Painting a different kind of portrait
Apr. 10, 2002
Leah Carlson
Staff Writer

Susan Whitney/The Gazette

Kensington artist Jason Swain, an Australian native, specializes in painting portraits of people's pet.



Local artist focuses on images of pets

Dogs, cats and horses are Jason Swain's specialty.

At the Billabong Art Studio, next to his home in Kensington, he paints portraits for pet lovers across the country.

Swain, a native of Australia, has been recognized at the Montgomery County Agricultural Fair for his pet portraits, hunting scenes and landscapes. One painting, which won first place last year, featured a Chihuahua sitting in a red wagon with an American flag.

Swain's art studio and van are bedecked with images of kangaroos, dingoes and Koala bears. One contented kangaroo lounges with a Foster's beer in its hand, clearly a sign of Australian humor.

Inside the studio is a painting in progress, showing a golden retriever and a black Labrador retriever. It will go to a woman in Texas, who has commissioned a painting from Swain before.

Swain said black Labradors are the hardest breed to paint because the light picks up so many colors on a shiny black coat.

At age 9, Swain sold his first painting to his fifth-grade teacher. He started painting seriously about eight years ago. He is mostly a self-taught artist, but he learned some skills from working with another Australian painter, Robert Hagan, in San Diego.

Swain specializes in pet portraits, but also likes to paint Impressionistic landscapes and western scenes. "I try to do everyday scenes, or else I'd go nuts," he joked.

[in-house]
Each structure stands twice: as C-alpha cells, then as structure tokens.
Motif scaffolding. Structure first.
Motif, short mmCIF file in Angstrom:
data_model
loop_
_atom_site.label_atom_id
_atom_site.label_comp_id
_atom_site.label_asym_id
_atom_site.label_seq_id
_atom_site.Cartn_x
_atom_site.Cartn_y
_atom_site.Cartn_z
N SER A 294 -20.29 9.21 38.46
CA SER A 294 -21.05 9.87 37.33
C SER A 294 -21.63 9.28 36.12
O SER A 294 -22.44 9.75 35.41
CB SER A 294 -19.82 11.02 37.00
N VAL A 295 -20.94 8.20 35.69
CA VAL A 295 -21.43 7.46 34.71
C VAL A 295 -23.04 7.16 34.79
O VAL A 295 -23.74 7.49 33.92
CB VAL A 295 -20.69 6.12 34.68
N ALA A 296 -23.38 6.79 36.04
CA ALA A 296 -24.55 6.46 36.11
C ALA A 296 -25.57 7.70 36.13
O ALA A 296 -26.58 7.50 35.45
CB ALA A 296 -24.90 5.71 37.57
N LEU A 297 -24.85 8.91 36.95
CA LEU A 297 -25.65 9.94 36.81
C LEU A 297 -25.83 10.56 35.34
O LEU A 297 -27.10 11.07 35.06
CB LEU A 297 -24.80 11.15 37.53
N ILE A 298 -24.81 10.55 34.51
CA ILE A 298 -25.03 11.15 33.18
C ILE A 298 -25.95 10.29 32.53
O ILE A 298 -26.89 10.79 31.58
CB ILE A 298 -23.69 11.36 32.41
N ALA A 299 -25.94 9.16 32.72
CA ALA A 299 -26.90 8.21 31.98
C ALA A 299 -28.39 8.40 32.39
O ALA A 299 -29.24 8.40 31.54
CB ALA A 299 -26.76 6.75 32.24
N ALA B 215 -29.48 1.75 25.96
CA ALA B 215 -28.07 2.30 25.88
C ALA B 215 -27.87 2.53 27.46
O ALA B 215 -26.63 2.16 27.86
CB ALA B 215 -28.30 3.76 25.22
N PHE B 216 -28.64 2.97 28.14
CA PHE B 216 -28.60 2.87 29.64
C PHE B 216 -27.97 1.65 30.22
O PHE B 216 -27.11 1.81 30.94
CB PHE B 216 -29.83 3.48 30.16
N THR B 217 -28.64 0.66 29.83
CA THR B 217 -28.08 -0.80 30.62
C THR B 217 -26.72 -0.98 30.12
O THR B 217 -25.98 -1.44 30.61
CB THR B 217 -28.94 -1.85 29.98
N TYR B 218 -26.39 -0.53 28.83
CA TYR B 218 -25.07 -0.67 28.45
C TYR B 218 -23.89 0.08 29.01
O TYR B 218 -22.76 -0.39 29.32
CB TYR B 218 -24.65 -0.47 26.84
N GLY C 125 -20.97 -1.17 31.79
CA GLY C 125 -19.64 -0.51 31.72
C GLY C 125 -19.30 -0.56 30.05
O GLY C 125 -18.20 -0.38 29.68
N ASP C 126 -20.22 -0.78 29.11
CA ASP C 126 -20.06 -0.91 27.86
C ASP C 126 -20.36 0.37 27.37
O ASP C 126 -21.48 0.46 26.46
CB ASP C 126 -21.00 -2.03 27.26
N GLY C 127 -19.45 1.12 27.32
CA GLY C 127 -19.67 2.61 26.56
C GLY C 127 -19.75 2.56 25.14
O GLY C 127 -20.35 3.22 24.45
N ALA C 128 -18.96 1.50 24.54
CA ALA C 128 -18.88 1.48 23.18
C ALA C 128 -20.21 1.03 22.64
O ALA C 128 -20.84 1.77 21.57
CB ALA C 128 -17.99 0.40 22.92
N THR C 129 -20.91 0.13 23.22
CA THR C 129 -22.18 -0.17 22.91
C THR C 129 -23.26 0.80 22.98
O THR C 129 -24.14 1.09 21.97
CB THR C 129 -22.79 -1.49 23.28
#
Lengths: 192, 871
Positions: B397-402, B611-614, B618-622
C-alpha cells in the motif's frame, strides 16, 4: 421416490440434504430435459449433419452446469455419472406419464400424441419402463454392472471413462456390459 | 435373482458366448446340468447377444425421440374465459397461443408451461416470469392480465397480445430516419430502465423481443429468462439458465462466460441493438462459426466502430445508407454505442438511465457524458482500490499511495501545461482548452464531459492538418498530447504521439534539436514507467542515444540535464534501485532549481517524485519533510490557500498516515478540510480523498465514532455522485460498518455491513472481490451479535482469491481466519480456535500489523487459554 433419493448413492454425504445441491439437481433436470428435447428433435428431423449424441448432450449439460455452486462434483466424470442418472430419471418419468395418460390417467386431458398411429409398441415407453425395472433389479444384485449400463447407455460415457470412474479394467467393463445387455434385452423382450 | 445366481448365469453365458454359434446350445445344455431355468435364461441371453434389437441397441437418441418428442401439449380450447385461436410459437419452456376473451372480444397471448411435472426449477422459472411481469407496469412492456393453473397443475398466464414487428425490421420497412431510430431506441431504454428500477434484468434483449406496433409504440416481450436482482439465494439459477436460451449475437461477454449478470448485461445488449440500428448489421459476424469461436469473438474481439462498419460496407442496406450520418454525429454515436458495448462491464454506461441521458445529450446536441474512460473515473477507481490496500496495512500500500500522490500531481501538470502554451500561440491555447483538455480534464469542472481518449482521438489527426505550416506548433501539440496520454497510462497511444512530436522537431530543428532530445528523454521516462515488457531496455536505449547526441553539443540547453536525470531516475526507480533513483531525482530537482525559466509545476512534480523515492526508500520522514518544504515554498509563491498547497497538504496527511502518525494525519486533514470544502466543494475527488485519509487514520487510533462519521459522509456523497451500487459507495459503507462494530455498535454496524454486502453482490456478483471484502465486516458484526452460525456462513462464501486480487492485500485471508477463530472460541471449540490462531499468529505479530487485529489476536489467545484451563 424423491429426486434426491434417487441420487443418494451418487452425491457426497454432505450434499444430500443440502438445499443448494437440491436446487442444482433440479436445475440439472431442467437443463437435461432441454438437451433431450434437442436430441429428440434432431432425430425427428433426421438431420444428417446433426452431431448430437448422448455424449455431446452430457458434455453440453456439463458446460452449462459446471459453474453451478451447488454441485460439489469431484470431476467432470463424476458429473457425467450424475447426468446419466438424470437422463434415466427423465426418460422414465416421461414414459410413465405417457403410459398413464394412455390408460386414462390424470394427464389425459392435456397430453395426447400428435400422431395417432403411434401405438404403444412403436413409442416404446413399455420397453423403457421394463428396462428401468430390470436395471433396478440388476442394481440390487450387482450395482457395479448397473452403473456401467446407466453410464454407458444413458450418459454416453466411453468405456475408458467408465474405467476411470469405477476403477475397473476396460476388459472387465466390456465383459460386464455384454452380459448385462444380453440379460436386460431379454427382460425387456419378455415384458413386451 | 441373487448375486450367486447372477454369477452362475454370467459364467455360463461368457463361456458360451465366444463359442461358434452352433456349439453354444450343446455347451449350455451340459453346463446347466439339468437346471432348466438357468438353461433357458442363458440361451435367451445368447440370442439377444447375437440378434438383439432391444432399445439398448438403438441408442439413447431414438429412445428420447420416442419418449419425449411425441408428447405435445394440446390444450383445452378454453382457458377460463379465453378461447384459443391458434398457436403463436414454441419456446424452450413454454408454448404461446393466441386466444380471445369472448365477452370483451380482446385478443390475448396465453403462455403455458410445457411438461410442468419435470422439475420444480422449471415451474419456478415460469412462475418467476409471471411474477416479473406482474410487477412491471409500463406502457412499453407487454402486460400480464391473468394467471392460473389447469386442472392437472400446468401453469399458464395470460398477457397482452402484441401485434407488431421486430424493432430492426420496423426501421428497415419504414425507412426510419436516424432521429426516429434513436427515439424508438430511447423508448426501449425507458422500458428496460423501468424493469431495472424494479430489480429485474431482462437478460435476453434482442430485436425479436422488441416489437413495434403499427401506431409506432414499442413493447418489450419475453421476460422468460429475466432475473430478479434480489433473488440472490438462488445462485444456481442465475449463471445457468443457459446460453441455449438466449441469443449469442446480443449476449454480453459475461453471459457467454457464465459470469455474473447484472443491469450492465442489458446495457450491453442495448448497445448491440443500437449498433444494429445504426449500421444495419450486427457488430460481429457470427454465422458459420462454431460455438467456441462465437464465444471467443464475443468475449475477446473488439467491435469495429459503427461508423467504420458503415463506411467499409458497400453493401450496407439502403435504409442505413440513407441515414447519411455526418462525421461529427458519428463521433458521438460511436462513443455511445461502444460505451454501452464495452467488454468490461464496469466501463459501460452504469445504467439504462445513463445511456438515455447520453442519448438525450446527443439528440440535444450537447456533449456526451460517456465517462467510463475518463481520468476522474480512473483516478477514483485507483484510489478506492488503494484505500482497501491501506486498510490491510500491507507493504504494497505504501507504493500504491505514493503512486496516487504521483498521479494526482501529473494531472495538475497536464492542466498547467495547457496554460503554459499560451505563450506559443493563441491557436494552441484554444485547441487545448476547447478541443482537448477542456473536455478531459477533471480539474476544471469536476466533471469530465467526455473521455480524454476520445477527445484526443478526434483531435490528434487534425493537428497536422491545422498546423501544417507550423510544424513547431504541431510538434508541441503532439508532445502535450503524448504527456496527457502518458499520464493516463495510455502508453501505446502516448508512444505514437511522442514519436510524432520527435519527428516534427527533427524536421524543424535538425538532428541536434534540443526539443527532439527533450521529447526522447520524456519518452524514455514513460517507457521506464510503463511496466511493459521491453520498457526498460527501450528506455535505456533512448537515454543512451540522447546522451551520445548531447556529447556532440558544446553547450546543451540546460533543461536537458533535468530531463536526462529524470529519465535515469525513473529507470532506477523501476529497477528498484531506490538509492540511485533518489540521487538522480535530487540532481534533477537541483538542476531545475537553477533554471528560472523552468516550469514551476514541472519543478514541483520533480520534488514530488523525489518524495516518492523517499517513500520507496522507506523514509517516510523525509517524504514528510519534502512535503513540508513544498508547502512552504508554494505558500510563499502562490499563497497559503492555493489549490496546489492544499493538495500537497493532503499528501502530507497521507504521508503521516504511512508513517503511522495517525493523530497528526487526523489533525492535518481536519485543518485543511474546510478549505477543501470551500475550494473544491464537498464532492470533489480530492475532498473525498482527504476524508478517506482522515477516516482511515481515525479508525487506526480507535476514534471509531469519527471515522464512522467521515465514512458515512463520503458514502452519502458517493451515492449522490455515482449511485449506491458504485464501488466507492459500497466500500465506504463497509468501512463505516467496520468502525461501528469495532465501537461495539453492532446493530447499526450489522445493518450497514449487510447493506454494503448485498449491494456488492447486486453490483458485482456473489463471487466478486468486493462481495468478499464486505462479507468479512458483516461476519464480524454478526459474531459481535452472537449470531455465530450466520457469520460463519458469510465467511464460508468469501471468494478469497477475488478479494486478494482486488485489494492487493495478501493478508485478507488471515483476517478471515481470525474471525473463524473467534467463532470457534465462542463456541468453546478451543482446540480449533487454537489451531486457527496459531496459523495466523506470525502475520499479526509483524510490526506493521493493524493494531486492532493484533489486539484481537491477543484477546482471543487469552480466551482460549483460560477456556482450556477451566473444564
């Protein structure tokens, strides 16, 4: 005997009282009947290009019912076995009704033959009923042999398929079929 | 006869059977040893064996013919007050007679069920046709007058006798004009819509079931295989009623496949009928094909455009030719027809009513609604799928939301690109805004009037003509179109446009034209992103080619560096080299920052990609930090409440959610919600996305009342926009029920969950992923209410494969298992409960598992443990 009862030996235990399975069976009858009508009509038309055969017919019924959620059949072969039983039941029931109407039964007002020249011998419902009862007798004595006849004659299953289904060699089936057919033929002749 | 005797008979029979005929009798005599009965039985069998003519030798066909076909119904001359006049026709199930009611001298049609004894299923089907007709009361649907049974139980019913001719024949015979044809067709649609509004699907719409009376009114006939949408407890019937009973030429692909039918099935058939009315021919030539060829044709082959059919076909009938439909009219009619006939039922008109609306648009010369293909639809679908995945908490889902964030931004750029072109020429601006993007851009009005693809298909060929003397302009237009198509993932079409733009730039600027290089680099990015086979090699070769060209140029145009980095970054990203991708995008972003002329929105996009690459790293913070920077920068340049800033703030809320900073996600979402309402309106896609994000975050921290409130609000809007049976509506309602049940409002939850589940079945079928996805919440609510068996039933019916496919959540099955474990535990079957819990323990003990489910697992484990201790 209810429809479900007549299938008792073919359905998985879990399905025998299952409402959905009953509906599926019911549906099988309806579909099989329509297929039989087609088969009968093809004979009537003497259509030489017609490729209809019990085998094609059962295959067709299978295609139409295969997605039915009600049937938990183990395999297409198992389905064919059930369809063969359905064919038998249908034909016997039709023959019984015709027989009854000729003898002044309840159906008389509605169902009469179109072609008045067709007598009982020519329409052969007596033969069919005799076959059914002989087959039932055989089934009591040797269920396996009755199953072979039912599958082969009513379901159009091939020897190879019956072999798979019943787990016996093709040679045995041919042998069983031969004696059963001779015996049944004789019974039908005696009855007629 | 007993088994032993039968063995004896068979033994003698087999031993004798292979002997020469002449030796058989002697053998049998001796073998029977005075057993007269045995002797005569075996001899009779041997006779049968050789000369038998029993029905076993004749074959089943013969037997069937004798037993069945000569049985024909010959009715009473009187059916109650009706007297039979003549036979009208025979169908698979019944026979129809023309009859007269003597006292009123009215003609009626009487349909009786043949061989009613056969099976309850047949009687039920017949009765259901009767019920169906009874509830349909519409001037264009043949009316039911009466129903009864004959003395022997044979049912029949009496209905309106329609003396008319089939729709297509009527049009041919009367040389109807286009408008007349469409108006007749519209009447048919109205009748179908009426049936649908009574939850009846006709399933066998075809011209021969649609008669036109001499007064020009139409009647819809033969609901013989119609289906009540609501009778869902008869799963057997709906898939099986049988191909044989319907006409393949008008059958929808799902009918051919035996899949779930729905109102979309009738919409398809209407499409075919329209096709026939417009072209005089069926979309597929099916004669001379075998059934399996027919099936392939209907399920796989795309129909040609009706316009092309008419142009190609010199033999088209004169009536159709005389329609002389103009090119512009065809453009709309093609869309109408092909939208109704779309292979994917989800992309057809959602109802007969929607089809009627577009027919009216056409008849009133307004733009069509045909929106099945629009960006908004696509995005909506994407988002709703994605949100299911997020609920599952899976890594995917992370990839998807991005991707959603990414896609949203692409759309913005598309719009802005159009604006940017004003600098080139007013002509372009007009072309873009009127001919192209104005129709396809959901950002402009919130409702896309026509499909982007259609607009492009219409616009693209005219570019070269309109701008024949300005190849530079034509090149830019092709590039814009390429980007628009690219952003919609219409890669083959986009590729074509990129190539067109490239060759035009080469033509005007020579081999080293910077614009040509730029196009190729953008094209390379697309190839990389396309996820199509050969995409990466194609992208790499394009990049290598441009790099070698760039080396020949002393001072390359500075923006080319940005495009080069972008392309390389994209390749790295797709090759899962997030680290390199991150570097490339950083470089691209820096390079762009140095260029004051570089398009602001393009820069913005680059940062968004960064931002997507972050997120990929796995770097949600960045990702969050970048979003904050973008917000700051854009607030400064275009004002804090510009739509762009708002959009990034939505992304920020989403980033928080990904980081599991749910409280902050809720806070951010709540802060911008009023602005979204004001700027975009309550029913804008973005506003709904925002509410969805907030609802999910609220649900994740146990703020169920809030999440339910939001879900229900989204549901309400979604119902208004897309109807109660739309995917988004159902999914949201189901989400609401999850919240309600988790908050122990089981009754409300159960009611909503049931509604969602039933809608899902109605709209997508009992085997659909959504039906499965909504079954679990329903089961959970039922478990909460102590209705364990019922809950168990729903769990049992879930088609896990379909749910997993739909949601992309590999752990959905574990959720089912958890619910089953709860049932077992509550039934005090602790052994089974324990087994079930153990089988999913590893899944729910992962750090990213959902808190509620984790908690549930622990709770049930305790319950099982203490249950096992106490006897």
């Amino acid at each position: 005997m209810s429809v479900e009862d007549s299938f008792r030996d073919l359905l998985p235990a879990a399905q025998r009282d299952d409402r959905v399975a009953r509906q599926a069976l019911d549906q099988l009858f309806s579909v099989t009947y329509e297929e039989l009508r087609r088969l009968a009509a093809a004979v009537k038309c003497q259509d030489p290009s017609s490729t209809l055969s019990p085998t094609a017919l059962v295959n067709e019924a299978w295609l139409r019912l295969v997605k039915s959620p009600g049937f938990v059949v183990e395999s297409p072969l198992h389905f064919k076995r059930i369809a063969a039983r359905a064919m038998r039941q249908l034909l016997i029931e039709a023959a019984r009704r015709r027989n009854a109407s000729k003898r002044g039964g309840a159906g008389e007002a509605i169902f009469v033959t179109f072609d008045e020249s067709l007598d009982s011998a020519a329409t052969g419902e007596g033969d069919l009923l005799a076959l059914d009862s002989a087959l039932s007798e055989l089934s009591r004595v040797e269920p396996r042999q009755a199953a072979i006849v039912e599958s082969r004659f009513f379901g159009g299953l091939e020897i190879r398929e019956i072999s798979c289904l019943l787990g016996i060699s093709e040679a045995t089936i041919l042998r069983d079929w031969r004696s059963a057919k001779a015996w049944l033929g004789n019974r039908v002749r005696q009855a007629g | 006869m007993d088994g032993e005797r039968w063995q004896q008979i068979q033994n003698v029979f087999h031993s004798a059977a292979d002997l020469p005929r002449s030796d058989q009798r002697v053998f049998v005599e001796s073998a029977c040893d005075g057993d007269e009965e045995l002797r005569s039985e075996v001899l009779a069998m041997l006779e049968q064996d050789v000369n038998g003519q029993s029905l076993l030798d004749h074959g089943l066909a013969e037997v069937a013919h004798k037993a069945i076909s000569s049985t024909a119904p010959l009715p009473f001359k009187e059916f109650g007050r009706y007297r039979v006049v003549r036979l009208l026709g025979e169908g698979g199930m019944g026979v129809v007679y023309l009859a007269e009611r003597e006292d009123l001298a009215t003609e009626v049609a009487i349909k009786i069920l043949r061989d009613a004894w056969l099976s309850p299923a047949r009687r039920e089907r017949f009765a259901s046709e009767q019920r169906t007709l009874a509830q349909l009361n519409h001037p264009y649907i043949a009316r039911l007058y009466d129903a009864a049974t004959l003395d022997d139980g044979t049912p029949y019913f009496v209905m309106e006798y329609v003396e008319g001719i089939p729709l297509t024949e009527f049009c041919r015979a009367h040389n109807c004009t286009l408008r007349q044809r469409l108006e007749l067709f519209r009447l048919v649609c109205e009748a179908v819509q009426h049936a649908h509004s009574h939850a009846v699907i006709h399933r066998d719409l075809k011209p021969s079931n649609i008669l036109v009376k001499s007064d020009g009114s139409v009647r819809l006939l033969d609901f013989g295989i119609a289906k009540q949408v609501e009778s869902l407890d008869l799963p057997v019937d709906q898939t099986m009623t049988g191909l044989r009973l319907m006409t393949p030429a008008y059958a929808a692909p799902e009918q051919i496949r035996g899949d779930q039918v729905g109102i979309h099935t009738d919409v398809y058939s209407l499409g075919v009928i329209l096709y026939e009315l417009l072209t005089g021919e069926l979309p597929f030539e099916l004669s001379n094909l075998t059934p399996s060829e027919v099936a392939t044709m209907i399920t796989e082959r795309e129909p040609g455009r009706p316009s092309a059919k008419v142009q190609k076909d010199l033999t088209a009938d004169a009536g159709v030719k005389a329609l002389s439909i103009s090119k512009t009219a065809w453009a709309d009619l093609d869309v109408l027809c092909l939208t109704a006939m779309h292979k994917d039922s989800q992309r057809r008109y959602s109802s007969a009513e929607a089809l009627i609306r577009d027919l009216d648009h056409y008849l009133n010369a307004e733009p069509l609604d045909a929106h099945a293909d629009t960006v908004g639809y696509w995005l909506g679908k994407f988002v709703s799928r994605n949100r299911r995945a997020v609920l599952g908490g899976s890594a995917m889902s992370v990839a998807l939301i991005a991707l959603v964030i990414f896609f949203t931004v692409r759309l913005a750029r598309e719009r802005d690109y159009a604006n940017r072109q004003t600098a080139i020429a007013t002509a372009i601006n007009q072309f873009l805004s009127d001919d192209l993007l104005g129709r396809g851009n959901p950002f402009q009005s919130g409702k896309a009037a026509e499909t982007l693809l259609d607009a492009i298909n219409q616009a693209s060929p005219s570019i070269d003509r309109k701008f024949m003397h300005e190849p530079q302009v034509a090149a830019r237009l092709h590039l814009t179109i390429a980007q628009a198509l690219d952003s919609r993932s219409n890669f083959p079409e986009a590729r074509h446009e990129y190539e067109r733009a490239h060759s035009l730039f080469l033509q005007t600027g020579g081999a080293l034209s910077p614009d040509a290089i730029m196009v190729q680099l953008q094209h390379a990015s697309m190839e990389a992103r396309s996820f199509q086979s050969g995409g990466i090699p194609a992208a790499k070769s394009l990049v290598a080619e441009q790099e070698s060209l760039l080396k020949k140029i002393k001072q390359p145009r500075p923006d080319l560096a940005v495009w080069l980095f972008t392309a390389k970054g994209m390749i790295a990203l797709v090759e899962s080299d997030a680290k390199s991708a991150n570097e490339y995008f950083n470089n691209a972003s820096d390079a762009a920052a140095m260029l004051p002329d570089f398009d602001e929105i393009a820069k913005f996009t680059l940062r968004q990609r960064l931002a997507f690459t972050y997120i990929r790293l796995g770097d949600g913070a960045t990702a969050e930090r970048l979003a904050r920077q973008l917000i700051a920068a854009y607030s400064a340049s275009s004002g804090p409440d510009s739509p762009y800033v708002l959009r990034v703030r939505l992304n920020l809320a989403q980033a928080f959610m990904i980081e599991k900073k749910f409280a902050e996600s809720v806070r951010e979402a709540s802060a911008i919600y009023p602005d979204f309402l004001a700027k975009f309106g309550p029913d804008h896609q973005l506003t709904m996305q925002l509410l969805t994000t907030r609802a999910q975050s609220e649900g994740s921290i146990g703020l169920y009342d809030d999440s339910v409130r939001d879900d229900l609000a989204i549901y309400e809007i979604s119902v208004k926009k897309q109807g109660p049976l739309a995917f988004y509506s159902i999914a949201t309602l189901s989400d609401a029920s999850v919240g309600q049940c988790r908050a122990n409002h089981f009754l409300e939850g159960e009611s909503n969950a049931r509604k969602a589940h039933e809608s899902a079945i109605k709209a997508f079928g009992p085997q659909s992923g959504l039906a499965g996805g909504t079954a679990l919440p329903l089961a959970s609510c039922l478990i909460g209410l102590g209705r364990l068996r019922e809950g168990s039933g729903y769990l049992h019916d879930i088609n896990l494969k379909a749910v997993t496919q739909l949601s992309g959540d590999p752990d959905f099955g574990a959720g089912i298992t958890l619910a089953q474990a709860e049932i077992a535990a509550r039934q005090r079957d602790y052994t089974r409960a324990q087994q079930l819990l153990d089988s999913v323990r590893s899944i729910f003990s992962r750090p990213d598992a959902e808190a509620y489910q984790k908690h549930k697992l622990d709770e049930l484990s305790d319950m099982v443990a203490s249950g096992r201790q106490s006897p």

Swain, 34, does not have any pets, but his family did have a dog at their farm in Mooloolaba, Australia, where he grew up.

The town is a short distance from Australia Zoo, home to Steve Irwin of "The Crocodile Hunter."

The area was naturally full of wild animals and snakes, Swain said, and it gave him an appreciation for the outdoors.

At age 19, Swain traveled to the United States with a six-month visa. He didn't expect to stay long, and always planned to go back to Australia.

One year later, in 1987, he met his future wife, Annette, during a trip to Hawaii. The two visited each other back and forth, until Swain moved to the United States permanently in 1992.

Now they travel during the winters, when Swain isn't as busy with artwork and his landscaping business, Aussie Lawn and Garden.

They recently returned from a five-week trip to Hawaii, where Swain enjoyed surfing, a sport he has practiced since childhood.

As for the artwork, he said, "This is sort of a career in the making. I figured out how to paint, and now I have to figure out how to market it, and marketing is 80 percent of it ... There's a lot of artists, and you've got to sort of fight through the fog a bit."

For information and examples of Swain's artwork, visit his Web site at http://www.jjswain.com.

Editor's note: Our Neighbors is a new, occasional feature of the Kensington Gazette that will highlight the people who make Kensington and Garrett Park a special place to live. Have someone you would like to nominate for the feature? E-mail Leah Carlson at lcarlson@gazette.net or call her at 301-280-3003.